Focus on Logistics
By Cain Adams
Trinity Logistics/Longboard Logistics
December is here. Already?
You ask, “Does this mean January will bring a new year and a lower cost truck?” Not exactly. Trucking will remain tight through December and out to February or March.
If you have Ruby Slippers, you may catch a break. That just means you are special.
My office decided to try and say “NO” today to many trucks who asked for more money than what we wanted to pay on all lanes. We didn’t book many loads today, but we wanted to test the market. And we were able to find about a 10-15 percent savings over last week on all lanes out of the Northwest. We were able to save a bit more from Wisconsin going west but had to come up on lanes going from Wisconsin to Florida and the East Coast.
Most trucks were still asking about holiday rates. Trucks are really thinking all of December should be Christmas, and we had a lot of hang-ups once we said, “Christmas is one day, not 31 days.” We were not trying to be rude; we were just trying to ask for reasonable rates.
Our thoughts, $4 per mile is a bit extreme, and $3 is where it seems to average out in the Northwest.
Our opinion for December is about the same as November and will be for January, so keep your boots on. It’s going to feel like mud. The first 10 days will be slower on orders, so customers will want to bring rates down a bit. Brokers should work hard to get the rates down.
Customers going to Florida should watch tomatoes and see when they will start this year. Cooler temps may keep them in the fields a bit longer, and once they start moving, this will give some leverage and lower rates going into Florida.
Rates are still extremely high all over from west to east. Going east to the west is far less expensive. We think containers will start bypassing California and working their way into eastern ports. Then, they will be hauled back to the central parts if needed. On average, a container is sitting at port for five days in California. The system out there is broken – the port is $2 billion under-funded and getting a makeover.
Containers are being shipped back to China empty instead of allowing American goods to be put on them. The only products making it into port in China are agriculture products such as soybeans and corn. This is because Brazil ran out of soybeans to sell, and corn in China was flooded out earlier in the year.
China needs the product to feed livestock.
Containers are in extreme short supply, especially the 40-foot-high cube containers. These are used for consumer goods, and China is trying to have these containers shipped back empty so they can fill them back up fast. If they’re empty, it takes about 22 days to be returned to the West Coast. The shipping companies in China are actually paying more money for empty containers over American-filled containers. It’s a faster turnaround if they come in empty, and this has been creating a hardship for export companies here in the U.S. Exporters are extremely upset.
Furthermore, the lack of containers means there is still going to be a backlog of freight in China, and it will keep our prices higher.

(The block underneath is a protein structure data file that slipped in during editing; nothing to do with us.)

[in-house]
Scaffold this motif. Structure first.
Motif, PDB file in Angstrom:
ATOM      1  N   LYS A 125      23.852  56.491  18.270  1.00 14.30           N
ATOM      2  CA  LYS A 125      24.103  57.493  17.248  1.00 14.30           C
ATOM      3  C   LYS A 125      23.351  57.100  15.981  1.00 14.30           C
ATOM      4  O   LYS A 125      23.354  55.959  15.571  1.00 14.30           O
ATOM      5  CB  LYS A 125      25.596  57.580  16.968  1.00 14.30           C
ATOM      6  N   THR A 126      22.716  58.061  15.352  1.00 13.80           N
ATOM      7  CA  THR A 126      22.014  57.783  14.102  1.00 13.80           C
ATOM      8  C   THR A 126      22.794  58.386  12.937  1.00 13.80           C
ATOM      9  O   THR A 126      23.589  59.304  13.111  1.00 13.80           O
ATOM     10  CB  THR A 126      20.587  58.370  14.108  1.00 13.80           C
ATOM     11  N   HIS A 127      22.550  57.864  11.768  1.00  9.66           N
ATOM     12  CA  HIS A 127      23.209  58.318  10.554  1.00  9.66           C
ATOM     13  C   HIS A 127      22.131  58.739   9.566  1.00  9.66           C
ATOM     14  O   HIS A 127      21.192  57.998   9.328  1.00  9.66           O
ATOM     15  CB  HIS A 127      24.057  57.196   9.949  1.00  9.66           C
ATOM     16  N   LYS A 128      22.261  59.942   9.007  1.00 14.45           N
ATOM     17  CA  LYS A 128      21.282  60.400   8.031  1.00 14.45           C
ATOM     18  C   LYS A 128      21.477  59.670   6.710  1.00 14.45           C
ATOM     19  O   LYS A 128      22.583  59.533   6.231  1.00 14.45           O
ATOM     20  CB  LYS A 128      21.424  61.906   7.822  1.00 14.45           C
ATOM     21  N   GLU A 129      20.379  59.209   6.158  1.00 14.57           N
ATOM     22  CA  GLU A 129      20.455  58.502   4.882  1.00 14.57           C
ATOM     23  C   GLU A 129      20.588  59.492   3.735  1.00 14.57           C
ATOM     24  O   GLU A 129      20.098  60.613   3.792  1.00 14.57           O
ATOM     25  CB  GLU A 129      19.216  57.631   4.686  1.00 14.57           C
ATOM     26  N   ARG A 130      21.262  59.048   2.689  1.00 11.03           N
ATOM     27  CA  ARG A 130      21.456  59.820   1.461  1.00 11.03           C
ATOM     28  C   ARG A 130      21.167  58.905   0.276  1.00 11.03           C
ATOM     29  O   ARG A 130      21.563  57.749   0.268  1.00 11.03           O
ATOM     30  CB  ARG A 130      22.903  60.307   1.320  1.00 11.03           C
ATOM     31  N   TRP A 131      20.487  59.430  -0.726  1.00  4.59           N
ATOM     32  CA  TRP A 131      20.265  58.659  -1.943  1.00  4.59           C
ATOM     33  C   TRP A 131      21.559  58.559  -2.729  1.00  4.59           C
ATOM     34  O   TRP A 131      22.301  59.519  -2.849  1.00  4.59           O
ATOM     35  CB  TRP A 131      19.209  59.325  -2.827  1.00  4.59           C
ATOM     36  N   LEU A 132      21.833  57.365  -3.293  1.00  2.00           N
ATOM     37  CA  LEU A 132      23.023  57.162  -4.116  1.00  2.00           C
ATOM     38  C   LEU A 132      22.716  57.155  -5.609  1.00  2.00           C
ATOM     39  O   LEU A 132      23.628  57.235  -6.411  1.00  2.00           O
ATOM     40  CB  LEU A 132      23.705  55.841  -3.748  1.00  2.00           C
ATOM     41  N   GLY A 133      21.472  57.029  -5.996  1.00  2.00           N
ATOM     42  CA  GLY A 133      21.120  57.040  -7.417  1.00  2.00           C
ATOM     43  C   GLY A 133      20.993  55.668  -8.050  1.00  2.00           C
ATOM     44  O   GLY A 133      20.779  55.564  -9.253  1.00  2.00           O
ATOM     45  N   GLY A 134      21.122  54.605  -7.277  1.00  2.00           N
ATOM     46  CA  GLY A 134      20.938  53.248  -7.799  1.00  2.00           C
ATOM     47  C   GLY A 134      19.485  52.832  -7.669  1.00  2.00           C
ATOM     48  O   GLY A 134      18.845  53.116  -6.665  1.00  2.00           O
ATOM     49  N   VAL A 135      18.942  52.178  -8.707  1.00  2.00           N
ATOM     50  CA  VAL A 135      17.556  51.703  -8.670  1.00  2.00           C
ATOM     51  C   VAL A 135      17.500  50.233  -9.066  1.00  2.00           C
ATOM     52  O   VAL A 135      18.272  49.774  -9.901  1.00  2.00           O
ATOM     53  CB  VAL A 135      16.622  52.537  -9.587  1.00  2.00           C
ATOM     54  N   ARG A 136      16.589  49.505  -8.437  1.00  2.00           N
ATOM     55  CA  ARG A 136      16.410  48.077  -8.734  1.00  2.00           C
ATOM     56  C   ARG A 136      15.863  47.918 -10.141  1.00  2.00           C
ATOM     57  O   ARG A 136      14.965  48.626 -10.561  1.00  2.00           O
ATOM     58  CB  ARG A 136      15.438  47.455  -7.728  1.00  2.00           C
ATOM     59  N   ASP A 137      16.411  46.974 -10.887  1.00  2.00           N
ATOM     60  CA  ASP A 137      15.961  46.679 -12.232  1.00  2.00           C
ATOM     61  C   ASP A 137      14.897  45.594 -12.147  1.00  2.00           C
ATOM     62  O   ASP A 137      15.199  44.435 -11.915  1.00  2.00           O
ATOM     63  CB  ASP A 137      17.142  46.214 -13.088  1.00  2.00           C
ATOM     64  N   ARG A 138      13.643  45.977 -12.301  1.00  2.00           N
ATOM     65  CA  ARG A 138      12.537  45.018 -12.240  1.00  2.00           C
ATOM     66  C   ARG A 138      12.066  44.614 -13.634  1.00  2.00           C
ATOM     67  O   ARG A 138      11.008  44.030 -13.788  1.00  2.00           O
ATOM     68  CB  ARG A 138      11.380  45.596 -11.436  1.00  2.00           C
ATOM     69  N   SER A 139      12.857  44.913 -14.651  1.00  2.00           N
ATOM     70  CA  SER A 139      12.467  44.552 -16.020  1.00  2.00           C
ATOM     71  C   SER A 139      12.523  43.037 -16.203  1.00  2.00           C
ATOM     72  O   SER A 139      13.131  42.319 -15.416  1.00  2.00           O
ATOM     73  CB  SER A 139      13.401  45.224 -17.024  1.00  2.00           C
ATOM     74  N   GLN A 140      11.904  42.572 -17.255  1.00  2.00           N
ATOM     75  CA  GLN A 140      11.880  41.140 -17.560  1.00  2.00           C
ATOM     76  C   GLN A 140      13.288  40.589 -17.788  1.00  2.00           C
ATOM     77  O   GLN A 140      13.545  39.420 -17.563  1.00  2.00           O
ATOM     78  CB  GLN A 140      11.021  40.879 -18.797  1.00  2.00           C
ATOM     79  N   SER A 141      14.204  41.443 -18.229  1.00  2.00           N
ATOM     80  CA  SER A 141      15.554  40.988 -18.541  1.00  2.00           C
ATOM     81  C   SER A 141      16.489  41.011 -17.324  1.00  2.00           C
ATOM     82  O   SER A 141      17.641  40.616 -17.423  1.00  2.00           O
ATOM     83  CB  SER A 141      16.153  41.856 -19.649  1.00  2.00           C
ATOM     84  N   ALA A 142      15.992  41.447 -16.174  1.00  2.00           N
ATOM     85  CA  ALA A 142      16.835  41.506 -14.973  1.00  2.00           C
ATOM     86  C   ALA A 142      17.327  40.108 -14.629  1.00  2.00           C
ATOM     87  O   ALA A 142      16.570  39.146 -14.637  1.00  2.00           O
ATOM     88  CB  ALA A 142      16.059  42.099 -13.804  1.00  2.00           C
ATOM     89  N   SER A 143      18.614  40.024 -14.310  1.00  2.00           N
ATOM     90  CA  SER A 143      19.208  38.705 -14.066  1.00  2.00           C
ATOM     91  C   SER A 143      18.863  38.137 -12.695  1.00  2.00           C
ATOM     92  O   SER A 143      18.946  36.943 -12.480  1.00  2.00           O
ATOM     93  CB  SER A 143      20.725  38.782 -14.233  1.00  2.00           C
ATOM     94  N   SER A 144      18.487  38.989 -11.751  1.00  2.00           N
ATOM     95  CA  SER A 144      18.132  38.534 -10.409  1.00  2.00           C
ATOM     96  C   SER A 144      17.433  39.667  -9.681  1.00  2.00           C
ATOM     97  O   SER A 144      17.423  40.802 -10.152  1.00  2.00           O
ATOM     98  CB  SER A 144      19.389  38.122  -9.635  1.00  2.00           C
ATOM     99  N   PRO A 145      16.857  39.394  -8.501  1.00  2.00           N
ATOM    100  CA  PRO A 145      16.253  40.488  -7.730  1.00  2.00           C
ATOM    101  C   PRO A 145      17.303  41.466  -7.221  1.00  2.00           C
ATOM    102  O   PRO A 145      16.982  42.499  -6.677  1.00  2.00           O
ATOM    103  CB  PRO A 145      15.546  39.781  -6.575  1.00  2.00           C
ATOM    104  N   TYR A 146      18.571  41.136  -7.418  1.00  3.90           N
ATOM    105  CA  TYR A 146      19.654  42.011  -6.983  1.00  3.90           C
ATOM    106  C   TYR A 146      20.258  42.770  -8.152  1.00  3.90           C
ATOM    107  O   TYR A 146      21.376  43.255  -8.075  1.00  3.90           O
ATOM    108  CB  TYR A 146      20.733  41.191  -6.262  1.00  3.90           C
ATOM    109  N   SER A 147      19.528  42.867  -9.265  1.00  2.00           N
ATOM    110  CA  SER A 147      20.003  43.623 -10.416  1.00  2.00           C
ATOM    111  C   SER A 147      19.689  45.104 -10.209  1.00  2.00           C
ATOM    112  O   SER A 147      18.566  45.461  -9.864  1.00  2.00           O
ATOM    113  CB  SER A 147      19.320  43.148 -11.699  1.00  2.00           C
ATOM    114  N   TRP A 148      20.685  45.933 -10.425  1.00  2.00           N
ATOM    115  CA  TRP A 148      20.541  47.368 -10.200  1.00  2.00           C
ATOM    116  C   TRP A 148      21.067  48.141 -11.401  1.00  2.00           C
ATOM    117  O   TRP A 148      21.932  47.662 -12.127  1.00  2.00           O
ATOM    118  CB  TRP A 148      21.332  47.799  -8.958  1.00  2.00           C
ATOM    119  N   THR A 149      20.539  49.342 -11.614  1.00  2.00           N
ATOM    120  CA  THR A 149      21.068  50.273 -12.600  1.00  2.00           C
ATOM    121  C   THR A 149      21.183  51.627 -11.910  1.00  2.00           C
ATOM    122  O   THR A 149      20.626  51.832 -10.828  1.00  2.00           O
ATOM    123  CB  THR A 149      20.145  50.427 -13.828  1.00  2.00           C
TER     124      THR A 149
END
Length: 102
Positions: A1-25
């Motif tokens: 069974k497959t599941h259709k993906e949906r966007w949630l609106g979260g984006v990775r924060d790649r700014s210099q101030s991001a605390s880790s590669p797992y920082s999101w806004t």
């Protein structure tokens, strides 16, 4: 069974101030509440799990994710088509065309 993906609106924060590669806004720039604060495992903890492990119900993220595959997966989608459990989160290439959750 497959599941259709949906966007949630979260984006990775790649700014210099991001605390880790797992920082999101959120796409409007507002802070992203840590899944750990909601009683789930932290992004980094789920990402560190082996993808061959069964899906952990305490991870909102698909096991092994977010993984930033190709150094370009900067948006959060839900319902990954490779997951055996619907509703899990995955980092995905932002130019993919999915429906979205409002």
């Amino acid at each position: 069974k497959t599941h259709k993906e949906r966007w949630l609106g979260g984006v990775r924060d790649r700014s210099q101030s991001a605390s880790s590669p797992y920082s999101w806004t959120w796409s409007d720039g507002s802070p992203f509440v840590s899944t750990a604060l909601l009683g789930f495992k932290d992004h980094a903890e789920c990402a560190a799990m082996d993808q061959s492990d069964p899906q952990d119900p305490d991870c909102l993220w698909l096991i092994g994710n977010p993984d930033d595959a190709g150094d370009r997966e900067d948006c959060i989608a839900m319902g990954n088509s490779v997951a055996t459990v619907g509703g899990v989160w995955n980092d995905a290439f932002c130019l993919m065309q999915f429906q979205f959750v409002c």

There are three main container building companies in China, and all of them are backordered till mid-spring. We expect these containers to keep California and the East Coast busy during the first quarter and into the second quarter.
We expect the COVID vaccine to be rolled out during the first quarter. It will be shipped in special packaging and dry ice, and it will also take priority — so we all need to pay attention to how it will be rolled out. The vaccine may be a logistics disruptor.
For 2021 we think there will be a boom in travel. This will push fuel prices up by year’s end, and we could see a surge in the service industry and a decline in retail. People will want to eat out, take their vacations and stop eating at home.
If you need new luggage, you may want to check Wal-Mart. We heard they filled 50 containers full of luggage just to be ready for the travel-ready globetrotters.
And you may also want to purchase airline tickets sooner than later. Once people are vaccinated, airlines will raise travel rates to get back in the black.
What will it mean for freight? We think the first quarter will be expensive. We think it will start coming down in the second quarter. Once the shift to Texas takes place, we think things should be a bit more settled. Border crossings may be slower, so trucks may shy away from McAllen – but we will not know till we are actually crossing product.
Spring and summer merchandise is already being ordered for giant retailers because those retailers know Chinese New Year can hold up freight. And because there is a lack of containers, retailers want to fill anything they can and ship now. That means a lot of the spring freight will land early and cause trucking to loosen up a bit in April.
We think customers will want to gain more contract pricing with carriers for 2021 but may have problems with the pricing. Carriers may be less likely to enter contracts with so much uncertainty and great spot market rates. So, if you have a great carrier who is willing to enter those contracts and fulfill them, you should sign them up. We cannot believe how tight freight is this year. We have never seen anything like it.
We hope your Christmas is amazing and, we hope everyone eats a few onions a week. Keep those immune systems up and stay in great spirits. We feel blessed to help in any way we can. It is an amazing industry with so many amazing people who work together to put food on tables. I’m not sure there is a better job out there. Keep caring, people. We all notice you.